By Thomas Ferraro
WASHINGTON (Reuters) - The Senate passed a bill on Thursday to renew three expiring provisions of the anti-terrorism Patriot Act, rejecting demands for additional safeguards of civil liberties.
The vote was 72-23. With the provisions set to expire at midnight on Thursday, the House of Representatives was expected to give swift final congressional approval to the Senate-passed bill.
Democrats and some Republicans favored more protections for law-abiding citizens. But congressional leaders, racing the clock and possibly short on votes, agreed to a four-year, unaltered extension of the provisions to track suspected terrorists.
President Barack Obama is traveling in Europe. White House spokesman Nick Shapiro said that he was prepared to use "the auto pen to sign" the bill quickly into law.
The provisions empower law enforcement officials to get court approval to obtain "roving wiretaps" on suspected foreign agents with multiple modes of communications, track noncitizen "lone wolves" suspected of terrorism, and obtain certain business records.
"Although the Patriot Act is not a perfect law, it provides our intelligence and law enforcement communities with crucial tools to keep America safe," said Senate Majority Leader Harry Reid, a Democrat.
"The raid that killed Osama bin Laden also yielded an enormous amount of new information that has spurred dozens of investigations yielding new leads every day," Reid said.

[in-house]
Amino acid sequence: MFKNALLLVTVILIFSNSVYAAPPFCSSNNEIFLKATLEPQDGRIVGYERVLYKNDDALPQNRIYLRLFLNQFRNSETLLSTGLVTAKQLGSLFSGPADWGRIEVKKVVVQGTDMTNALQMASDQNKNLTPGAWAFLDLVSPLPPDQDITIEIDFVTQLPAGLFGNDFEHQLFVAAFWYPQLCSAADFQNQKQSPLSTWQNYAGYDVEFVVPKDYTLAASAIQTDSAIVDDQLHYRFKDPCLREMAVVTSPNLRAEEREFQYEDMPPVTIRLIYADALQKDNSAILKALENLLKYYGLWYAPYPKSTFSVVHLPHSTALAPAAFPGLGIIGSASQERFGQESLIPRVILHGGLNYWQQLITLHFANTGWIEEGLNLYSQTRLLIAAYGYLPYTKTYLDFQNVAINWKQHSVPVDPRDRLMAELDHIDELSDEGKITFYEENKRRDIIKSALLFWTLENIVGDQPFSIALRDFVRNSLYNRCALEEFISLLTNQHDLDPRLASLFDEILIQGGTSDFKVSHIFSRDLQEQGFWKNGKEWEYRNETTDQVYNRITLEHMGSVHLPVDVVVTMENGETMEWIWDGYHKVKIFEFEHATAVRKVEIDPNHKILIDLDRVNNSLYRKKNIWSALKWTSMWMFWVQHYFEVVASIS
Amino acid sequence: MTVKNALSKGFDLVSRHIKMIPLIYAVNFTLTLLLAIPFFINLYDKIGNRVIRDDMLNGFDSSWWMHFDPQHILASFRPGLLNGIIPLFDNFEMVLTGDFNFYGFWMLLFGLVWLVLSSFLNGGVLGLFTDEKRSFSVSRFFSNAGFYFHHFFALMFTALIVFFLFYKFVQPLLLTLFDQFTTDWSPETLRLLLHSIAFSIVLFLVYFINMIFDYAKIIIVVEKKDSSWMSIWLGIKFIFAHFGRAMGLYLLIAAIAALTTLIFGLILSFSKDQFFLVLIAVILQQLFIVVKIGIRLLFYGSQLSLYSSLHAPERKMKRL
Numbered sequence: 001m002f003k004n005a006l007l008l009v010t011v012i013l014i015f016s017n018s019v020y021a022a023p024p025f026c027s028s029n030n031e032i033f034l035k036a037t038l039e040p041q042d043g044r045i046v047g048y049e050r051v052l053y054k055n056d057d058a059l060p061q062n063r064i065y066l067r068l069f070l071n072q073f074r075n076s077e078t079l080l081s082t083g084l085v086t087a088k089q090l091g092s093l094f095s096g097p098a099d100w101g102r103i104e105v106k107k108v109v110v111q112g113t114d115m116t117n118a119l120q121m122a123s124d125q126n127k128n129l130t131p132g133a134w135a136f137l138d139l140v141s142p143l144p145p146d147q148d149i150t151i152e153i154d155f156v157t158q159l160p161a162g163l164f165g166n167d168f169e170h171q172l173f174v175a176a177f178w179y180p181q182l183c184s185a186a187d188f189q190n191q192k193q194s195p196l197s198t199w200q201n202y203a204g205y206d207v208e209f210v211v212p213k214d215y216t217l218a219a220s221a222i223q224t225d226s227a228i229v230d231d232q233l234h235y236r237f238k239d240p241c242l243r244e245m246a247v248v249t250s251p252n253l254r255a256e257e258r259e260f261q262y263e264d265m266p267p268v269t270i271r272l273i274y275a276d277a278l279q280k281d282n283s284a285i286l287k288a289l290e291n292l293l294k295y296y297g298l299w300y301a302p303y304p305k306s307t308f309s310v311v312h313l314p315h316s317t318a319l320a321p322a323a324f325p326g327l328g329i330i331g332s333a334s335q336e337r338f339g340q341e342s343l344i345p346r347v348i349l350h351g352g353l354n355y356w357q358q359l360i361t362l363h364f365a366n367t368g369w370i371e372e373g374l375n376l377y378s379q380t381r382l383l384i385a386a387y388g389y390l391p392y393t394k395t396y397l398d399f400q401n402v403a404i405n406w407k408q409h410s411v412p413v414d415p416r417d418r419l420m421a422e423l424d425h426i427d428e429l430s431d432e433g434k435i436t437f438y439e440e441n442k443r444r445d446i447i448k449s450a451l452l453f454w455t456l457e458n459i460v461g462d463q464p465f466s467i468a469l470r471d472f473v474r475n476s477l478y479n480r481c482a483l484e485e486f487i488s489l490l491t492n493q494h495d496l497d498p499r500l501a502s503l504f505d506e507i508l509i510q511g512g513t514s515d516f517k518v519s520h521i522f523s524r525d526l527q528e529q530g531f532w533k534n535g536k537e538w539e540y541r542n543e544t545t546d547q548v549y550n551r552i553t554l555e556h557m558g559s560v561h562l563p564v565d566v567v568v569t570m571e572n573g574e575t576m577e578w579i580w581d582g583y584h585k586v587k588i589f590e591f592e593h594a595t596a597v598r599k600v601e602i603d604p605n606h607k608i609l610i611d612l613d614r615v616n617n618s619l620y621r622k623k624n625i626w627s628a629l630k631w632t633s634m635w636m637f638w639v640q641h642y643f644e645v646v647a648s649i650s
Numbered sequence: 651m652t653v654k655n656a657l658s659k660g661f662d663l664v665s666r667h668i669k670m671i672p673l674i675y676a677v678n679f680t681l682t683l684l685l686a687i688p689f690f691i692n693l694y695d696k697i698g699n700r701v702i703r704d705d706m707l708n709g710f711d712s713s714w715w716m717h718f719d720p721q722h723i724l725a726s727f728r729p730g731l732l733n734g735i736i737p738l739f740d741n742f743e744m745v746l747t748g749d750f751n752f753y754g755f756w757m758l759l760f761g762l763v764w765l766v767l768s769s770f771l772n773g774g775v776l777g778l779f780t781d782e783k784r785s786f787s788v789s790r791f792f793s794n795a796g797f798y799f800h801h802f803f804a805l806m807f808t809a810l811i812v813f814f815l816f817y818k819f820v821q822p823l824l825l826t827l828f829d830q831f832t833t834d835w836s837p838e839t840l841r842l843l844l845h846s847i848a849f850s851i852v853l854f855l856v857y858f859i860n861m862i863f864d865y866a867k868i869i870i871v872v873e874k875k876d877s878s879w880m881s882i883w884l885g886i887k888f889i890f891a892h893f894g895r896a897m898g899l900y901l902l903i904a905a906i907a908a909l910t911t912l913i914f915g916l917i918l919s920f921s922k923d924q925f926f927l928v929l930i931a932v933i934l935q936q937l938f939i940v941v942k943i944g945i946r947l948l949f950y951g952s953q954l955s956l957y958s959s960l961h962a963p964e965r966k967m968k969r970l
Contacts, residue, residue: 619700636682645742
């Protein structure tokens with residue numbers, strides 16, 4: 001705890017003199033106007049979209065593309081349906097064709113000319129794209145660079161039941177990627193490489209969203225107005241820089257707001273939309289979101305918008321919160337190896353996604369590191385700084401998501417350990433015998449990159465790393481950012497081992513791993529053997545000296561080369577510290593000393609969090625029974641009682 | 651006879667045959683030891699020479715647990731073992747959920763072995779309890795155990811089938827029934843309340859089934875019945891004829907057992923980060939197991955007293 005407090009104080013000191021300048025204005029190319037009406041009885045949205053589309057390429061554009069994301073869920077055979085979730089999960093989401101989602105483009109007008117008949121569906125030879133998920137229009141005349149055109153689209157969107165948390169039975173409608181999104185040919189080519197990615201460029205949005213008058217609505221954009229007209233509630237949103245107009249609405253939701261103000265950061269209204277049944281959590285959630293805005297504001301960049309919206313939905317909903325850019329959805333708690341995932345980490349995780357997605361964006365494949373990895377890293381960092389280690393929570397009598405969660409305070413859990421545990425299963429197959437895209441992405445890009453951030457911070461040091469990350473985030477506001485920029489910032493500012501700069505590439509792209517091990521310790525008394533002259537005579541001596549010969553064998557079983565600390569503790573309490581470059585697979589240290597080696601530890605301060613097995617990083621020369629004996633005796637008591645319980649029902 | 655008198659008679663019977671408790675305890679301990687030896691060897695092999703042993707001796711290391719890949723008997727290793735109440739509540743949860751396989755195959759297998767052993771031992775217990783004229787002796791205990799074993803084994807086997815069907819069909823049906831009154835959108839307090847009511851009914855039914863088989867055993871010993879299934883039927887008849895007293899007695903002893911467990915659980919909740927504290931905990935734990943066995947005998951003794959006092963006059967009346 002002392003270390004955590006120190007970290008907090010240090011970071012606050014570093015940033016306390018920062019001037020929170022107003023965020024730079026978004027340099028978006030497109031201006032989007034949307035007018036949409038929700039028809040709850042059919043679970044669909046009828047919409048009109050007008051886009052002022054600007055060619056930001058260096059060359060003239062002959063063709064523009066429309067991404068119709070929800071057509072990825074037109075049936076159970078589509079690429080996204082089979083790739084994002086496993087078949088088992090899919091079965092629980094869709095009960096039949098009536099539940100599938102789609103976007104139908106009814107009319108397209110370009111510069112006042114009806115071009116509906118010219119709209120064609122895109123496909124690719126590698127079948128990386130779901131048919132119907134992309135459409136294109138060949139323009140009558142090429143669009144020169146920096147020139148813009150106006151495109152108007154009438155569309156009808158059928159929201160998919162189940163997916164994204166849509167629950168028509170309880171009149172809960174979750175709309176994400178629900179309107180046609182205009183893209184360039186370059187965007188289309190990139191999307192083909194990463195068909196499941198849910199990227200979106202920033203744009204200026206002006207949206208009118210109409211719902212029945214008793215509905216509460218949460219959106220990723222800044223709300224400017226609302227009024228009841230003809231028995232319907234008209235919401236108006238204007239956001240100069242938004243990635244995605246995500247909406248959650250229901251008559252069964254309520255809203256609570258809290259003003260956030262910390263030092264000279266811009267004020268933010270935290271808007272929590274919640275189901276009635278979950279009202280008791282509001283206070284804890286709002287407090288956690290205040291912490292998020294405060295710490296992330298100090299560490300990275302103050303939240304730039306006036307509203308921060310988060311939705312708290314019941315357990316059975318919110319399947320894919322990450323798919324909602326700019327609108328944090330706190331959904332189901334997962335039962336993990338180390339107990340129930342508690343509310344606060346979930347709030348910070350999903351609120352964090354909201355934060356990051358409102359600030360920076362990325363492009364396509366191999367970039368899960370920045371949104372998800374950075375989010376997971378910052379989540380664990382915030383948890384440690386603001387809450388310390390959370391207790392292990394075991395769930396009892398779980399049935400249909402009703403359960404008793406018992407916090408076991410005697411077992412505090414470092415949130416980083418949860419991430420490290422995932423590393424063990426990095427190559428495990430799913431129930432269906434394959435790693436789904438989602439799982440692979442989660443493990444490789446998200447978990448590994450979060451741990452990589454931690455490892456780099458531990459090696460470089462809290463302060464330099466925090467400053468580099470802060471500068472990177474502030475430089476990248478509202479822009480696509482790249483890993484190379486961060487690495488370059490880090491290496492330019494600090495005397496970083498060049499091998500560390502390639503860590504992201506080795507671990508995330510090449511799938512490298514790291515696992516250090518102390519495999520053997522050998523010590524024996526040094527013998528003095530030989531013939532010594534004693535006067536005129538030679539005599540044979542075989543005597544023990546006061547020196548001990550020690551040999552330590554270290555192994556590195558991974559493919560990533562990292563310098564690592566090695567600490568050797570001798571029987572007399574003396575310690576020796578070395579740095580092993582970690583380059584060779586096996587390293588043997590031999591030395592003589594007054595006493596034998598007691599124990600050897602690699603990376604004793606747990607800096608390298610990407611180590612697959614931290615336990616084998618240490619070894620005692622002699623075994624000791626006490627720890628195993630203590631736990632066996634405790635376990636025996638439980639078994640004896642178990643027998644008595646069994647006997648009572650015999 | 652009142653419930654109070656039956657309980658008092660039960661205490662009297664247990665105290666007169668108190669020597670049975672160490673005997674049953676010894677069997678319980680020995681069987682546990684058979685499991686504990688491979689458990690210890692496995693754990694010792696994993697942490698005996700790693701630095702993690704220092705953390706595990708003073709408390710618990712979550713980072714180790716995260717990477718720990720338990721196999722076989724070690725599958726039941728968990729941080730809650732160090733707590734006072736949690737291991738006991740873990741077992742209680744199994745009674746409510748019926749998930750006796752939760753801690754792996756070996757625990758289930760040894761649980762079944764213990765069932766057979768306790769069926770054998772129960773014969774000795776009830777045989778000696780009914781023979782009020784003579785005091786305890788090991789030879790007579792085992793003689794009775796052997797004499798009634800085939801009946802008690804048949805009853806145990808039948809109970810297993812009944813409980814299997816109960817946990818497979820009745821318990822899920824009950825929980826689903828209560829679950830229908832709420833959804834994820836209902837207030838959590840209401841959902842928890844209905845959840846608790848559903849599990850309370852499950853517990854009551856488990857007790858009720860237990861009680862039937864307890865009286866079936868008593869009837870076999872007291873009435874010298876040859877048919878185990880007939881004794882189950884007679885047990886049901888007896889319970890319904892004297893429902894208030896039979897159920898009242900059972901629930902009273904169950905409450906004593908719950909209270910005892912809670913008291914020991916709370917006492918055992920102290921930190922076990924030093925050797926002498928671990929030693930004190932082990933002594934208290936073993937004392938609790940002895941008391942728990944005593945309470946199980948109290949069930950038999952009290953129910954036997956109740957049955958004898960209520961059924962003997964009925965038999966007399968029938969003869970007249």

"Without the Patriot Act, investigators would not have the tools they need to follow these new leads and disrupt terrorist plots," Reid said.
The provisions are key parts of the Patriot Act, which was enacted after the September 11, 2001 attacks on the United States. While backers say the provisions bolster U.S. security, critics say they could be abused and violate the rights of U.S. citizens.
Senate Judiciary Committee Chairman Patrick Leahy, a liberal Democrat, and Republican Senator Rand Paul, a favorite of the conservative Tea Party movement, together offered steps to bolster oversight of the Patriot Act and increase civil-liberty protections.
These proposed changes cleared the Judiciary Committee, but Leahy and Paul were unable to bring them up for a vote by the full Senate.
Leahy said, "The extension of the Patriot Act provisions does not include a single improvement or reform, and includes not even a word that recognizes the importance of protecting the civil liberties and constitutional privacy rights of Americans."
(Additional reporting by Jeremy Pelofsky; Editing by Will Dunham)